Positive people

Doing their part

Wangda Dorji made history yesterday morning. He revealed that he is HIV positive. And by doing so, he became the first Bhutanese person to publically disclose that he is inflicted with HIV. He made his announcement and shared his painful story with the guests who had gathered to commemorate World AIDS Day.

Later, in the evening, four more people joined Wangda Dorji. Tandin Wangchuk, Pema Dorji, Sithal Chhetri and Tshering Choden, Wangda’s wife, also revealed that they have HIV. They, along with Wangda, who is the executive director of “Lhaksam”, a nonprofit support group for HIV patients, shared their personal stories on live national TV.

They told us about the torment they felt when they found out that they were infected with HIV. They told us about the agony they had to overcome knowing that they had infected others. And they told us about the suffering they have to endure due to the stigma of HIV/AIDS and widespread social discrimination.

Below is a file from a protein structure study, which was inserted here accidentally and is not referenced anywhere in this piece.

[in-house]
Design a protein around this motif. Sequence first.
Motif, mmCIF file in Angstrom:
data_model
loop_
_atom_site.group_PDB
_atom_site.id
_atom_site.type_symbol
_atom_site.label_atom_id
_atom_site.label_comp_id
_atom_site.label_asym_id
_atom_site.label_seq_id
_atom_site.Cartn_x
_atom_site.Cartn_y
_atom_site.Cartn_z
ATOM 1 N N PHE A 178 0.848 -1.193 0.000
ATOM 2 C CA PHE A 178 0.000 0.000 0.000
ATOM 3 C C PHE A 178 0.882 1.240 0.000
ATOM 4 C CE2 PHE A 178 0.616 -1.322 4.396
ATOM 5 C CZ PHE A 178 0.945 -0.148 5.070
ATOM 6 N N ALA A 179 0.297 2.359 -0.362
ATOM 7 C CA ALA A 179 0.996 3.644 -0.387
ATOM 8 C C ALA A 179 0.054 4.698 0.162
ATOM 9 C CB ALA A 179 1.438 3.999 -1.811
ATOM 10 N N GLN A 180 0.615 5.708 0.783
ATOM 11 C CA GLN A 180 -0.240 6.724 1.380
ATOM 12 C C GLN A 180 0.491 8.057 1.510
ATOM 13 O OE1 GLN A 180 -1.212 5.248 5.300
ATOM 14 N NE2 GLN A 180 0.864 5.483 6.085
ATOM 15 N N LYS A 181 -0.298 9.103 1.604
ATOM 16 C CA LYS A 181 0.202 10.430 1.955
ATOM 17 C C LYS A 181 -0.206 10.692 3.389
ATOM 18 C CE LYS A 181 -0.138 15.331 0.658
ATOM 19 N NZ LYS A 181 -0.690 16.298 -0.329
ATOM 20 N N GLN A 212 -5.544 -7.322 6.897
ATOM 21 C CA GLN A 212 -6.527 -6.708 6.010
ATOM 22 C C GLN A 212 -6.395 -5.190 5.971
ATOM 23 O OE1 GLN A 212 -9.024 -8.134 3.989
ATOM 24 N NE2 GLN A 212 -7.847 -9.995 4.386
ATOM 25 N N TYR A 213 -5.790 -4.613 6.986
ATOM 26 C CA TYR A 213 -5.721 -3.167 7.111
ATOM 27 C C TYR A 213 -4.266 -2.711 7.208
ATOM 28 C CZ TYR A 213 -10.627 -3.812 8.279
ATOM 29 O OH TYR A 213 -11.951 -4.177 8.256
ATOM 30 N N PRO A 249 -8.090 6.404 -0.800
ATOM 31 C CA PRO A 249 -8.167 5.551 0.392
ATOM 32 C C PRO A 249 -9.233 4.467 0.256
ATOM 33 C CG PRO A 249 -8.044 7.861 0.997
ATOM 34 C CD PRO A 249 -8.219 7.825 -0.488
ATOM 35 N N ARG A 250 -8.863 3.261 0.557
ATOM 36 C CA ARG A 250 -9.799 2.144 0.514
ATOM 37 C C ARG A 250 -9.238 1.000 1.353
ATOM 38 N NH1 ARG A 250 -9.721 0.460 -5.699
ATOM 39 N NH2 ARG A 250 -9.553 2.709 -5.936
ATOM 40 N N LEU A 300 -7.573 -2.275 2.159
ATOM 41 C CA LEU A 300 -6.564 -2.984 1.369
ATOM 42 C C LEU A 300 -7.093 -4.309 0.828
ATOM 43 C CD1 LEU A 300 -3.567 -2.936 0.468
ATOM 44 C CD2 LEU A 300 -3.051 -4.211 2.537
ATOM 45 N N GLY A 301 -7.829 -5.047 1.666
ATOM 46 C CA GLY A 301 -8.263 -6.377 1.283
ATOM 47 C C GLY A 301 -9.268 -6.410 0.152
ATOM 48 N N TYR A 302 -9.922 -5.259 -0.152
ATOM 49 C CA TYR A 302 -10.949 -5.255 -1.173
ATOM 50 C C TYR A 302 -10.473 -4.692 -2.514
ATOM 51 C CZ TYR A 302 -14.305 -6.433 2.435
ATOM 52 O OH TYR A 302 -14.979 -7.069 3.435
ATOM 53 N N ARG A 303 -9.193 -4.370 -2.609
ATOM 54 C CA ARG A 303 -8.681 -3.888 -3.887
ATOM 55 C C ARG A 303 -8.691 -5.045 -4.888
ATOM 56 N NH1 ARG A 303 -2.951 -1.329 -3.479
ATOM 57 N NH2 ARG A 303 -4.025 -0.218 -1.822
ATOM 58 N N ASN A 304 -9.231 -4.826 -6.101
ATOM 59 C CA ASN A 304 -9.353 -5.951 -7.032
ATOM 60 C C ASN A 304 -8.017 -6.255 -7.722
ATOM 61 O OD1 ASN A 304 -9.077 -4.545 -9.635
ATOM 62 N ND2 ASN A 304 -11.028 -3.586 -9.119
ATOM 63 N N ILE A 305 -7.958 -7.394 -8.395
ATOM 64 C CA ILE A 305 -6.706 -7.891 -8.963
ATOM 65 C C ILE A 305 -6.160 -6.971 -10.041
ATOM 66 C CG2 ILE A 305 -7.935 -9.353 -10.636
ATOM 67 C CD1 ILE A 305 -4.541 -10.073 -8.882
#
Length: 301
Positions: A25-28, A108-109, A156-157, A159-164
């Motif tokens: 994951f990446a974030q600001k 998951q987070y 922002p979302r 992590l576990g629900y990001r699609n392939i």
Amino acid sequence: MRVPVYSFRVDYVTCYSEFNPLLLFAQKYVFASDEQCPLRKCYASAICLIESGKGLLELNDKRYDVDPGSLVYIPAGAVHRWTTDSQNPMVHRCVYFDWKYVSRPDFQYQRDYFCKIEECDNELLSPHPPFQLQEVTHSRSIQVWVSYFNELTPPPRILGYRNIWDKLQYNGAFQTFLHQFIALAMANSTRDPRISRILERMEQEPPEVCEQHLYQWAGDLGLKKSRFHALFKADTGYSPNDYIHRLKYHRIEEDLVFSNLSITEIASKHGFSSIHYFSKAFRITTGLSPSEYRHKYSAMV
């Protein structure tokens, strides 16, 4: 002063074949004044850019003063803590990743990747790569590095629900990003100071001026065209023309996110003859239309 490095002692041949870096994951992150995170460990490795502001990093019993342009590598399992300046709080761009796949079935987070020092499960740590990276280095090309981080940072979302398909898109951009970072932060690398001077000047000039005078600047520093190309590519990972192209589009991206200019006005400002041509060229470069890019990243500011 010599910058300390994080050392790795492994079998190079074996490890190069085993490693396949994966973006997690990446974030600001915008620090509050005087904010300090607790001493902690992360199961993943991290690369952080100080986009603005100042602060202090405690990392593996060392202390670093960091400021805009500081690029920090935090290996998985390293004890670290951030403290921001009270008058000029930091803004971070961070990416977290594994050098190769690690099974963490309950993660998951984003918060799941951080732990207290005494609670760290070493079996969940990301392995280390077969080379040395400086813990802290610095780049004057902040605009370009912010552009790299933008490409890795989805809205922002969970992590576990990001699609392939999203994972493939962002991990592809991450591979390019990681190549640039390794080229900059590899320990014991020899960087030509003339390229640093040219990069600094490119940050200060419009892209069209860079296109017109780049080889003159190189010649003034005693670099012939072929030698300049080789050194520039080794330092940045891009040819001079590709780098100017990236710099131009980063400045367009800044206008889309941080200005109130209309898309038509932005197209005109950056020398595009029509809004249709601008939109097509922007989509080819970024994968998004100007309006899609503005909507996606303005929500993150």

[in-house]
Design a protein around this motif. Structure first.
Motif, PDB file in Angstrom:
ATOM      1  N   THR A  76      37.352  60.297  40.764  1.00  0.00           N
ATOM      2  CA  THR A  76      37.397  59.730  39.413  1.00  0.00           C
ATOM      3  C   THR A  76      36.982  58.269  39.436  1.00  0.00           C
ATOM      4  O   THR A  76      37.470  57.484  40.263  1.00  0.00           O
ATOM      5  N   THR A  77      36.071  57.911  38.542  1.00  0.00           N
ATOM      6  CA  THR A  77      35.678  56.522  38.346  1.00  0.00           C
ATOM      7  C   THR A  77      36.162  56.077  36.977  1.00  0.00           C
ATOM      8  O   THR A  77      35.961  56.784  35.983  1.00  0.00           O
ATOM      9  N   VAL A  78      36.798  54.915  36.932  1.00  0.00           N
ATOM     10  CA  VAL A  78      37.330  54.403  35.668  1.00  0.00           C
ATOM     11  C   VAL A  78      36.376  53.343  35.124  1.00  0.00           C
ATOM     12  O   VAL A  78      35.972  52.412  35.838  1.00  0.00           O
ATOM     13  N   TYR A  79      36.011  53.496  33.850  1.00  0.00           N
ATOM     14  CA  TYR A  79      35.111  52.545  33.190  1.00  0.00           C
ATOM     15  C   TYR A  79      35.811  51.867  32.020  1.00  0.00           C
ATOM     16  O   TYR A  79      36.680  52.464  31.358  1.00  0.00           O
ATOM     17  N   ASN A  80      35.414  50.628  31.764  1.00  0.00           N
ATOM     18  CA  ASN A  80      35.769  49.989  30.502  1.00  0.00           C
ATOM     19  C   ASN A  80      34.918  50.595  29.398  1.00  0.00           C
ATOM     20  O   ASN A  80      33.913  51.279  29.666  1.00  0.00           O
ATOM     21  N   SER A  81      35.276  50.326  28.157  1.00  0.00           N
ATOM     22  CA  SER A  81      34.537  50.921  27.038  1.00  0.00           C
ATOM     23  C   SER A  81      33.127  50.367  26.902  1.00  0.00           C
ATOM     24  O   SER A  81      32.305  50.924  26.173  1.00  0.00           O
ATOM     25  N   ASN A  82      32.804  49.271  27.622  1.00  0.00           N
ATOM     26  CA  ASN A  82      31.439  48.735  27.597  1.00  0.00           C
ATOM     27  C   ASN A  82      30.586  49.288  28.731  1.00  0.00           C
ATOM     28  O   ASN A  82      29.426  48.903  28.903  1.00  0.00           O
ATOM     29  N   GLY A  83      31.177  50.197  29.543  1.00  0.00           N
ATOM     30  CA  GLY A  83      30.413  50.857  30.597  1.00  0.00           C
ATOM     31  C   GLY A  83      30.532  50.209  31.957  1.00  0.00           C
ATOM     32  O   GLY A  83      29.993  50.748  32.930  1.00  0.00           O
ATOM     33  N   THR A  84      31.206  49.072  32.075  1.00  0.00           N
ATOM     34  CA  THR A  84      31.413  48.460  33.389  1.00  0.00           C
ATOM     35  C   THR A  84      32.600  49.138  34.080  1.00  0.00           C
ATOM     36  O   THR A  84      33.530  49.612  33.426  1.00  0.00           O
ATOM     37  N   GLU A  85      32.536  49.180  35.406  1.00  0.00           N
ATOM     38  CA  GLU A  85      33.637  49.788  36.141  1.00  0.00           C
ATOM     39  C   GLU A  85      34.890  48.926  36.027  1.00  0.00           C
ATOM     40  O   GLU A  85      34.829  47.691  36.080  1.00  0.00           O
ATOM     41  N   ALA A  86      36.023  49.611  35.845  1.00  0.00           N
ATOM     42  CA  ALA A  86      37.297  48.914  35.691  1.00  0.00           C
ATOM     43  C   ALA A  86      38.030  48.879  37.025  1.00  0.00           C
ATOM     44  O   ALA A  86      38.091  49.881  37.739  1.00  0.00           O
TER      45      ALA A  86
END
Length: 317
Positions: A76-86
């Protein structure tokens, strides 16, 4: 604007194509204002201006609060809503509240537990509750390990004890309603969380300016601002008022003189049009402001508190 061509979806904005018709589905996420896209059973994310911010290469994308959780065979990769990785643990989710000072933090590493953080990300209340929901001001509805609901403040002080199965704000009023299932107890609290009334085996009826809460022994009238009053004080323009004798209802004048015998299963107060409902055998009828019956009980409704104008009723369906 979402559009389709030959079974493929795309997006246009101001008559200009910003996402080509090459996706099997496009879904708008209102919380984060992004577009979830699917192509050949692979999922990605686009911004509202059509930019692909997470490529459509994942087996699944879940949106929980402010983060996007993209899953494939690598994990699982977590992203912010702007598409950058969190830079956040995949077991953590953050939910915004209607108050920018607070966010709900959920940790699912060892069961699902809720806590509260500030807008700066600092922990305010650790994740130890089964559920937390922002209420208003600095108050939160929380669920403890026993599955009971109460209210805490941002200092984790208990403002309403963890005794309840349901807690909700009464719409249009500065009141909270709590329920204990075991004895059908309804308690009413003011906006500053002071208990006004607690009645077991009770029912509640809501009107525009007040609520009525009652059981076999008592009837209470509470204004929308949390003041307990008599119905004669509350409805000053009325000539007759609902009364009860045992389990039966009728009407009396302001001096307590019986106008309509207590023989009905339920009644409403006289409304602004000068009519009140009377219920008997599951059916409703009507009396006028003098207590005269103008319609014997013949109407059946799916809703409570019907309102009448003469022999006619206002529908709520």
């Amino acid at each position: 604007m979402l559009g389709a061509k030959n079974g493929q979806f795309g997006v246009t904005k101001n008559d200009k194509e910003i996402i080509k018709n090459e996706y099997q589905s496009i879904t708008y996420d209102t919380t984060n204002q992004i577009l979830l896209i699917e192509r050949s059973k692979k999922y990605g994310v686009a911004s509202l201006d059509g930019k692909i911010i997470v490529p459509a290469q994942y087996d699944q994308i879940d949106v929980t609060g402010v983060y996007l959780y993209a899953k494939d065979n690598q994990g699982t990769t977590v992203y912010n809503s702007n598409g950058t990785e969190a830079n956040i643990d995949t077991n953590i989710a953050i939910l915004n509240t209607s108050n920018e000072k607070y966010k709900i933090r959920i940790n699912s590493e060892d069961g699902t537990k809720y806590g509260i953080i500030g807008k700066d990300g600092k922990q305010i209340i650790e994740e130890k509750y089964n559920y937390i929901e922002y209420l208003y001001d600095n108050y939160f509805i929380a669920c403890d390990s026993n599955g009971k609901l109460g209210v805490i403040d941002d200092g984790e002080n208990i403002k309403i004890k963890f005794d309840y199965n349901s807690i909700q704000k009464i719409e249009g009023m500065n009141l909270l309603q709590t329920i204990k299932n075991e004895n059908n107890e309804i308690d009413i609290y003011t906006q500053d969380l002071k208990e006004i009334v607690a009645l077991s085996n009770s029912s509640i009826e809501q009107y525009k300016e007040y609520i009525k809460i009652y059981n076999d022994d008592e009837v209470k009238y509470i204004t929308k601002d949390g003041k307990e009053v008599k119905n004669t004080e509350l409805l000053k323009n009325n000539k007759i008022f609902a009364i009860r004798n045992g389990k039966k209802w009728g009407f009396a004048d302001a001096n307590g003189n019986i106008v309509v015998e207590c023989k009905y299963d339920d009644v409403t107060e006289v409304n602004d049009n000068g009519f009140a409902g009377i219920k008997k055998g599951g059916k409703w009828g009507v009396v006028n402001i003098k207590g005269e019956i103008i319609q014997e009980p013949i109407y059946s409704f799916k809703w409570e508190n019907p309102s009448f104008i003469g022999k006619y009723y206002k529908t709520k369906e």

They also told us that they had decided to come out in the open to ease the suffering of other HIV patients, and to educate the rest of us on the realities of HIV/AIDS.

The five of them are extraordinary people. They are brave beyond measure. They have suffered more than most of us ever will. And now, by making their identities and their stories publicly known, they risk exposing themselves to even more prejudices and discrimination.

But their courage has already boosted the fight against HIV/AIDS. They have given the disease a human face – a face that tells us that HIV is not a death sentence; a face that assures us that HIV patients are regular people who live full and productive lives; a face that implores us not to needlessly discriminate against those who have HIV.

They’ve done their part. Five positive people have come out in the open and, just like that, they have demystified HIV/AIDS.

The question now is, will we do our part? Will we learn about the disease? Will we join the fight against it? But most of all, will we treat the five of them, and others like them, as normal human beings?

Photo credit: Kuensel

 

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  1. I applaud these people for their brave and courageous decision. HIV and AIDS is no different than any other diseases. In fact, TB is more dangerous and contagious than HIV.